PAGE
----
Despite high aspirations to make an impact on the business, the latest Towards Maturity research shows most L&D teams are failing to find success.

The 2015 Towards Maturity benchmark makes for sober reading:

  • Only three out of 10 organisations are achieving improved productivity and engagement from their L&D initiatives.
  • Only two out of 10 have seen improvements in the learning culture of the organisation.
  • Only four out of 10 are achieving increased efficiency as a result of their training strategies.

So despite the desire from L&D teams to provide services that will have a significant impact on business agility, along with organisational and individual performance, this is not happening for most.

There is some good news, however, as the top performers – in the top 10% of Towards Maturity’s study – are having a big impact on both business and individual performance. These top deck organisations report improvements in productivity (12%), employee engagement (21%) and reduction in costs (16%).

So what can the majority learn from the few? Well the top performer’s approach to learning is fundamentally different, moving away from the delivery of courses to finding new ways of supporting learning and performance in the heart of the workplace.Towards Maturity Report 2015

The majority of top organisations (94%) consider the course to be just one option for building skills (53% average). While 86% adopt approaches that support learning in the flow of work (compared to the 47% average).

The report includes data provided by more than 600 L&D professionals in 55 countries, with inputs from 1,600 learners. Thanks to the support of Towards Maturity’s Ambassadors – including the Charity Learning Consortium and Corporate eLearning Consortium – annual benchmarking findings, case studies and resources are available to download for free at:

The 2015 Benchmark Report is crammed with statistics and analysis, here are some more key facts:

  • 55% of training programmes are now offered entirely face-to-face
  • 19% of all training budgets is spent on learning technologies
  • Although 90% of organisations now use eLearning content and 86% of organisations use live online learning, only 79% of organisations use learning management systems.
  • 67% use mobile learning, 68% use best practice videos
  • 27% provide micro content (under 10 minutes), 29% provide online job aids
  • Top Barriers to change as reported by L&D leaders are:
    • 63% – cost of set up , development and maintenance
    • 63% – lack of skills by staff to manage their own learning
    • 60% – unreliable bandwidth/infrastructure
    • 56% – lack of L&D skills

Laura OvertonLaura Overton, Managing Director of Towards Maturity, commented,

“This year’s Benchmark Report has discovered that L&D teams of Top Deck learning organisations have clear working partnerships with the line of business. Compared to the average, they are twice as likely to identify key performance measures that are important to the business and to have a plan in place to meet those goals. Their management teams are twice as likely to assign board level accountability for learning and 90% expect managers to take responsibility for the learning of their staff. This close working partnership means that L&D are in a position to apply innovative solutions that deliver an appreciable contribution to the bottom line.’’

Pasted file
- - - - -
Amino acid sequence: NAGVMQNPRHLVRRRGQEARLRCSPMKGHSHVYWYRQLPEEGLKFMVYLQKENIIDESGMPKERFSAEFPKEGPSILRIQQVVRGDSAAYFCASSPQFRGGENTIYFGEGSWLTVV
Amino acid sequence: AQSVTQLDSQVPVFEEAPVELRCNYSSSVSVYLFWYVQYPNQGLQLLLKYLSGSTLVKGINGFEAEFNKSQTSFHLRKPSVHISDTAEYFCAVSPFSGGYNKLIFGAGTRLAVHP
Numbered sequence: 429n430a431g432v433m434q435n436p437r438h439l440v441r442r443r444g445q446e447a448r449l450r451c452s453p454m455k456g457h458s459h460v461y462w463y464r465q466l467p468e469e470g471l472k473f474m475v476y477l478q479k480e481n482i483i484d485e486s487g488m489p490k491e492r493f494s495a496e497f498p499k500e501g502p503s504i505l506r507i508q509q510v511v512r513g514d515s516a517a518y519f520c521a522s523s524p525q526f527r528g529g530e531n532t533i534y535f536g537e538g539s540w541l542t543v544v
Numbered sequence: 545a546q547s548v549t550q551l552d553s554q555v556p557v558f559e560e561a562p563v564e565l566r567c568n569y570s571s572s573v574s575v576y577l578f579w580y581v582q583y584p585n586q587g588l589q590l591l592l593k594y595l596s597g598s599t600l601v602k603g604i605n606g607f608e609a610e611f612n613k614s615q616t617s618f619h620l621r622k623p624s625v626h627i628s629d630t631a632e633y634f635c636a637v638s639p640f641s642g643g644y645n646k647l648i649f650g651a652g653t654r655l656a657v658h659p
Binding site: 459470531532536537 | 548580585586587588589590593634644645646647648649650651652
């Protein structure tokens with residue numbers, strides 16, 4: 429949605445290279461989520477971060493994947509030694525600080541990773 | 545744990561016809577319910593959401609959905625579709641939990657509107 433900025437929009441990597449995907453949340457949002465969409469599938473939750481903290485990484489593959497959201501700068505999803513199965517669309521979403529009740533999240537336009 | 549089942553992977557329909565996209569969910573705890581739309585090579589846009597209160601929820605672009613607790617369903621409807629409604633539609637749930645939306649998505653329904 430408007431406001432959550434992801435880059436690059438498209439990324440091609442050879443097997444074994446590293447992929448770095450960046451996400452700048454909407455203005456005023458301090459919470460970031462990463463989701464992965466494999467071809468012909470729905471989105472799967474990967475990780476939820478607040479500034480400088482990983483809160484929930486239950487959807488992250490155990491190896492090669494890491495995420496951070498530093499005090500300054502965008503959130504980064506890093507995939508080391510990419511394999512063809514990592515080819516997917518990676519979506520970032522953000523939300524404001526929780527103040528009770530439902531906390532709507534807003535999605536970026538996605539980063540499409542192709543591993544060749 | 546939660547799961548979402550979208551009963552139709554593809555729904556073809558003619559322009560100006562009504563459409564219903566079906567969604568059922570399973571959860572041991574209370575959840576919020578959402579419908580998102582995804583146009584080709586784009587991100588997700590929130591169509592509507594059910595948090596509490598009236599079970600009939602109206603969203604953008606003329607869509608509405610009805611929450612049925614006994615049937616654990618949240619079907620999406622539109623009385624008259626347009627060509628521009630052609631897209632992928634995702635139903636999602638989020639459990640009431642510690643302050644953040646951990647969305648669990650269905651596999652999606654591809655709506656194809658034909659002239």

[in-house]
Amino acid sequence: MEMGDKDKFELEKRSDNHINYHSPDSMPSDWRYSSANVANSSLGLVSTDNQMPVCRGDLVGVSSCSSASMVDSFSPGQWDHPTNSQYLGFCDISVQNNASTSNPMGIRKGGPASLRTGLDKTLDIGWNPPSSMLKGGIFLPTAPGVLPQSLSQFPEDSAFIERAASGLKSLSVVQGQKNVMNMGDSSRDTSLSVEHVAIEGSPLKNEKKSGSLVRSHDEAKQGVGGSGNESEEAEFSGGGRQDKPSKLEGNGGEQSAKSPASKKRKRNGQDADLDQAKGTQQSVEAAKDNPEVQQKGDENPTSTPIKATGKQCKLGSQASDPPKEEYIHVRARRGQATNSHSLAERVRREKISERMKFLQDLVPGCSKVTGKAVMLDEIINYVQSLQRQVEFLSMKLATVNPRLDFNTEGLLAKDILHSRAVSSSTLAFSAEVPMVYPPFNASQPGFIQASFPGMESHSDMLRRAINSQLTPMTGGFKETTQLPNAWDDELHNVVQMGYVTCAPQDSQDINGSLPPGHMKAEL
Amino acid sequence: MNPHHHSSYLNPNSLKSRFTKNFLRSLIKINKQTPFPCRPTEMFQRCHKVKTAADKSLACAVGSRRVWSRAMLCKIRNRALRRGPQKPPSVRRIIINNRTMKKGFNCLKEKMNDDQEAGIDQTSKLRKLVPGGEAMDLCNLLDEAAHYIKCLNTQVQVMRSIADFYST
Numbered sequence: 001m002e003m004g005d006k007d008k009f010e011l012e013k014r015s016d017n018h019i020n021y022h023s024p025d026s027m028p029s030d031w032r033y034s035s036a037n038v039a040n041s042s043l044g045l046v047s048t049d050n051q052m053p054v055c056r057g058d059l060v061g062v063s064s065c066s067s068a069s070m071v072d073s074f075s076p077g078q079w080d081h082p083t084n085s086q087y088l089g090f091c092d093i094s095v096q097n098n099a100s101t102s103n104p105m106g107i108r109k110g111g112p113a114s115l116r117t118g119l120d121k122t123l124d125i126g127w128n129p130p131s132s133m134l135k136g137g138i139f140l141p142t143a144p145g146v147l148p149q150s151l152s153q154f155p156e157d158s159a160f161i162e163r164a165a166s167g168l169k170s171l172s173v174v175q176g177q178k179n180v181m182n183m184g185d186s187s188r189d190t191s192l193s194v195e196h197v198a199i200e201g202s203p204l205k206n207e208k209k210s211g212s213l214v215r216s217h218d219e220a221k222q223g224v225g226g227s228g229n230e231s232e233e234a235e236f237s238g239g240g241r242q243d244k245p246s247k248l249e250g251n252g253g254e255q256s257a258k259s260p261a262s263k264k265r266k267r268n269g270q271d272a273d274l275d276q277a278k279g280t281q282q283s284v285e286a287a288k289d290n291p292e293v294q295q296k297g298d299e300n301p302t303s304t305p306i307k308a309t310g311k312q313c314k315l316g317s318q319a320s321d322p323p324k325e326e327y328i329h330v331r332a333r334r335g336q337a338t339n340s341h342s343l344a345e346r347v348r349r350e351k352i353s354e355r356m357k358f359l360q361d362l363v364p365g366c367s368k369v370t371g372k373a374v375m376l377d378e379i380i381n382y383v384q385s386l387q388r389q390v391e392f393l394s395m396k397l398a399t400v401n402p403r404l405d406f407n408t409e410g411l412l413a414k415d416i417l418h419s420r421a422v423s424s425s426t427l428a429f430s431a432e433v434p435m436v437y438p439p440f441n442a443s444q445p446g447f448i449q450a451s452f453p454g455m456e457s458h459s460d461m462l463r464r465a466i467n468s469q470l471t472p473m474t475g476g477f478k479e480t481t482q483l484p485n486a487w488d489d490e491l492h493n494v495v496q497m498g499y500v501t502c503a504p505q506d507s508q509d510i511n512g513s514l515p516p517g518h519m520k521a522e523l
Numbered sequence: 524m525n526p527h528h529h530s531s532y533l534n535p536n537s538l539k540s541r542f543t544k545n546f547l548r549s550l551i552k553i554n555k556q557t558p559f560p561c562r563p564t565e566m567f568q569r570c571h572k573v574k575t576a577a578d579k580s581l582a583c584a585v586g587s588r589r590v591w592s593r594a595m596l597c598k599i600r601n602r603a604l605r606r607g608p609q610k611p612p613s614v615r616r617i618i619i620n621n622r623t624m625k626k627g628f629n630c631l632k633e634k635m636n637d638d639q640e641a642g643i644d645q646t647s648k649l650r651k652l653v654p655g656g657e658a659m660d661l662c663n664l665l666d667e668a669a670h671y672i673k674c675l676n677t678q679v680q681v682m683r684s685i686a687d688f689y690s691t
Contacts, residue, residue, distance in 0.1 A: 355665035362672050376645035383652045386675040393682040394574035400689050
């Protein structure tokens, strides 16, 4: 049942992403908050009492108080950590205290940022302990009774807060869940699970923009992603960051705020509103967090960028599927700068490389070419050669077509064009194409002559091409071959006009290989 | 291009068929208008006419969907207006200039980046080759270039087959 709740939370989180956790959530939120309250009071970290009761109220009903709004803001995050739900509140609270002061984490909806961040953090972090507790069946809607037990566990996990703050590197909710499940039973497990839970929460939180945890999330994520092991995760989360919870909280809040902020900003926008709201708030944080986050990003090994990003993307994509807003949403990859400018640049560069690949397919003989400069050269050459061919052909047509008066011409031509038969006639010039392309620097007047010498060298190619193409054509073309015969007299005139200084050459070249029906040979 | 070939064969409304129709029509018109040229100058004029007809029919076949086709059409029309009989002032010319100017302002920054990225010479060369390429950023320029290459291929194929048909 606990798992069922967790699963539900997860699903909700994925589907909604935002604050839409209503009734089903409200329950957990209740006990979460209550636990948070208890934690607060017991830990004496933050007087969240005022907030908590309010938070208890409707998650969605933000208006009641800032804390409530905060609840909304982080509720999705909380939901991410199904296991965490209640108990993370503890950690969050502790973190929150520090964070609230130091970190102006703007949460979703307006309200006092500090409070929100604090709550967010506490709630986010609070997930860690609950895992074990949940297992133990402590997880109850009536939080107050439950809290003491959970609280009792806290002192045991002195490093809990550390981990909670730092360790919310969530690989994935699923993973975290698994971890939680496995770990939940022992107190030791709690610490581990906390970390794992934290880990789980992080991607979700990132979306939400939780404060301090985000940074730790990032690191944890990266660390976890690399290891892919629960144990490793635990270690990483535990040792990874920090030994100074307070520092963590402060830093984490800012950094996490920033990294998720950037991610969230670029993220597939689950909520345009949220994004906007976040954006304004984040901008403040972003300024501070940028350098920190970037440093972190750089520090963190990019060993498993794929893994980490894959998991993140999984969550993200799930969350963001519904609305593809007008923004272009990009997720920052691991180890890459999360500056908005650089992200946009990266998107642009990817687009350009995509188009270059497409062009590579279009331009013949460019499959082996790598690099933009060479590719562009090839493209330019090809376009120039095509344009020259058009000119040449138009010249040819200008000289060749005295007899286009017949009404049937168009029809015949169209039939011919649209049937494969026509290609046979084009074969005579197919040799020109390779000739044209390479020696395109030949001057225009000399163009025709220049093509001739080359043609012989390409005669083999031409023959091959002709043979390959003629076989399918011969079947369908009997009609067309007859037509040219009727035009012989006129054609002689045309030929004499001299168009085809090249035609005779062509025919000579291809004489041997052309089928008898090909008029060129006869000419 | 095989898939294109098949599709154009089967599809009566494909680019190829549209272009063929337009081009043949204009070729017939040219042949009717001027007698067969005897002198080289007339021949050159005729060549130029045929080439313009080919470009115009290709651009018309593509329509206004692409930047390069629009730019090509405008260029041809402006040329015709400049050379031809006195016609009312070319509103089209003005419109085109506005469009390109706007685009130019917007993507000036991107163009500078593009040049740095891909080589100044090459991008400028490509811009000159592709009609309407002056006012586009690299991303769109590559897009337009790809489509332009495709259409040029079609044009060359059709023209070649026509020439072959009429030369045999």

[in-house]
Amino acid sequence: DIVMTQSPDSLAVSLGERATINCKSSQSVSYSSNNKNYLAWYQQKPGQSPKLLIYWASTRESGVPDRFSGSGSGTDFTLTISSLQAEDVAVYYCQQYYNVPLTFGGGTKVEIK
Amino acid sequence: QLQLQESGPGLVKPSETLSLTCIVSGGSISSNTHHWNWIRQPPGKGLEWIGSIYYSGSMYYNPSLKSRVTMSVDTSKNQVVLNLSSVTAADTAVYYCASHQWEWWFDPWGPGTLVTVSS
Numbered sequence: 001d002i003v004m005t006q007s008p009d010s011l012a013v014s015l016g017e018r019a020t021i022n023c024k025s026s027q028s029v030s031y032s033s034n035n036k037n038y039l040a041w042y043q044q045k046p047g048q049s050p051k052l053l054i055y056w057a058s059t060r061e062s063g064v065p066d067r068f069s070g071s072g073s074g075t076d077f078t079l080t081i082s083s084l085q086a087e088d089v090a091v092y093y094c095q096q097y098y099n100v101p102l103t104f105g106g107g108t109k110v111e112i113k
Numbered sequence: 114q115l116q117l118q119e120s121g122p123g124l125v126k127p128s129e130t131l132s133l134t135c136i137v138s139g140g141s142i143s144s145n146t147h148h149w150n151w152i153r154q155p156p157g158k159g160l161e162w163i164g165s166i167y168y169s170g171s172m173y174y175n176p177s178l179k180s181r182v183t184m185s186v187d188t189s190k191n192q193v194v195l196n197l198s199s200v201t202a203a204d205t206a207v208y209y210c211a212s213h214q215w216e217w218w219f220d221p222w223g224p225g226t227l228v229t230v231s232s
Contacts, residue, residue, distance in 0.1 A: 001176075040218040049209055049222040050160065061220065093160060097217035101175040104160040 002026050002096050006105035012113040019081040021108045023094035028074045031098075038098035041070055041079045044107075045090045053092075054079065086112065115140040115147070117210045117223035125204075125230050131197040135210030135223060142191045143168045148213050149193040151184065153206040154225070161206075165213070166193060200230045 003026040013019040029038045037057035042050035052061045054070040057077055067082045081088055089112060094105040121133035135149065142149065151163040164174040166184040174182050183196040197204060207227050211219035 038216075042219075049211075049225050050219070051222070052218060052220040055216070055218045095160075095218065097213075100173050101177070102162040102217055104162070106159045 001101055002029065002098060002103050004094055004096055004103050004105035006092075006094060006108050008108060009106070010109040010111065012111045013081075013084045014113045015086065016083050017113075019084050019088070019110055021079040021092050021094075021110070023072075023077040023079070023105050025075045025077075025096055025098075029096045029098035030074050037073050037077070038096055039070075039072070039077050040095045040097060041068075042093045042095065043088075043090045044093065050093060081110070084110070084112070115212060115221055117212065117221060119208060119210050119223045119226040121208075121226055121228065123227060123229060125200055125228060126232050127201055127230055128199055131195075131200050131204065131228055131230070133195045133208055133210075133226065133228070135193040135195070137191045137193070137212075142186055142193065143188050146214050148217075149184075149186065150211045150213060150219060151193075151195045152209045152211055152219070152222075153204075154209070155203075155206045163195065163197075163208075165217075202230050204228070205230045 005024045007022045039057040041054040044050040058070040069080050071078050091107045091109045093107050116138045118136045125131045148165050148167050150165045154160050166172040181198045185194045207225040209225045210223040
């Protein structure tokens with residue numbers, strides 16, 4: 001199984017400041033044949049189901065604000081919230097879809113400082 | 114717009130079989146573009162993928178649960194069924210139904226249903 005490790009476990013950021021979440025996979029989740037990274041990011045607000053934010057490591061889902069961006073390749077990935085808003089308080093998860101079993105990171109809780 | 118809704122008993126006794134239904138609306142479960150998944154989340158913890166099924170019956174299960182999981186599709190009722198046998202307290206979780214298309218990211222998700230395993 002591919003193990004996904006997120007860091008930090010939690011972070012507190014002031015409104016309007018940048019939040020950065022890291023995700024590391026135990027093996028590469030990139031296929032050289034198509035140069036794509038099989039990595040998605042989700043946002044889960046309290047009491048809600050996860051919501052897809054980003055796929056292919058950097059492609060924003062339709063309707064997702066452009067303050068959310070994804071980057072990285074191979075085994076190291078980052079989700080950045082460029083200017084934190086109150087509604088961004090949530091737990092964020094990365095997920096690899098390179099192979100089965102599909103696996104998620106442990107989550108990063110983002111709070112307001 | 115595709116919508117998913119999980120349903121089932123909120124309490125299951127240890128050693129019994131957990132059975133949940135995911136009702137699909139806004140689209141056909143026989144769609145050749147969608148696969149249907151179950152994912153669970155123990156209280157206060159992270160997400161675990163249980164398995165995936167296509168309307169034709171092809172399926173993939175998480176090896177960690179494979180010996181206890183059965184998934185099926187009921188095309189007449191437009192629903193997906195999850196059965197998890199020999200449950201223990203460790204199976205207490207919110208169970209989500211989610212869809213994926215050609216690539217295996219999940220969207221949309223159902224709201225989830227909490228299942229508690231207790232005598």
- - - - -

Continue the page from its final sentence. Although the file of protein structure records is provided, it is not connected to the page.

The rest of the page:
Top Deck Learning teams are not only working in meaningful ways with business leaders, they are also have a consumer driven approach to supporting staff with 86% of Top Deck learning teams reporting they are proactive in understanding how their learners learn (30% on average), 76% involving staff up front in learning design (35% average).

Commenting in the Foreword of this report, Dave Buglass, Head of Organisational Capability and Development at Tesco Bank, said,

“When it comes to supporting staff, out of all the functions in HR, L&D has the potential to be the most consumer-centric, but when seven out of 10 do not even know how their staff learn what they need to do their jobs today, we are clearly missing an opportunity.”

The Report also explores the new skills required by today’s L&D teams if they are to exploit the opportunities available. These include: marketing and stakeholder management; learning analytics; digital content creation; and facilitating collaboration. The Top Deck organisations are twice as likely to have these skills in place today. However, whilst 77% of Top Deck organisations are investing in Continued Professional Development for L&D staff, one in four of the participants overall do not know how their L&D staff are building the new skills that they need.

“There’s evidence, from the report, that top performing organisations are embracing change throughout the business and are realising their vision of the future, providing a direction for others to follow,” said Laura. “They are recognising that a consumer-focused, technology-enabled learning strategy builds business performance and employee engagement.”

“In the face of these – and other – challenges, many L&D professionals appear to be shy of using data and evidence to inform their decisions,” Laura said. “Currently, only 16 per cent of L&D practitioners are using learning analytics to improve the service they offer – and only ten per cent actively use benchmarking as a performance improvement tool.”

“Yet 84 per cent of those who’ve benchmarked this year have found new ideas to take their strategy forward,” she added. “So L&D professionals who share some of the high expectations and frustrations of their peers could benefit by using the Towards Maturity Benchmark to help stimulate fresh ideas – and improve their corporate standing and effectiveness.”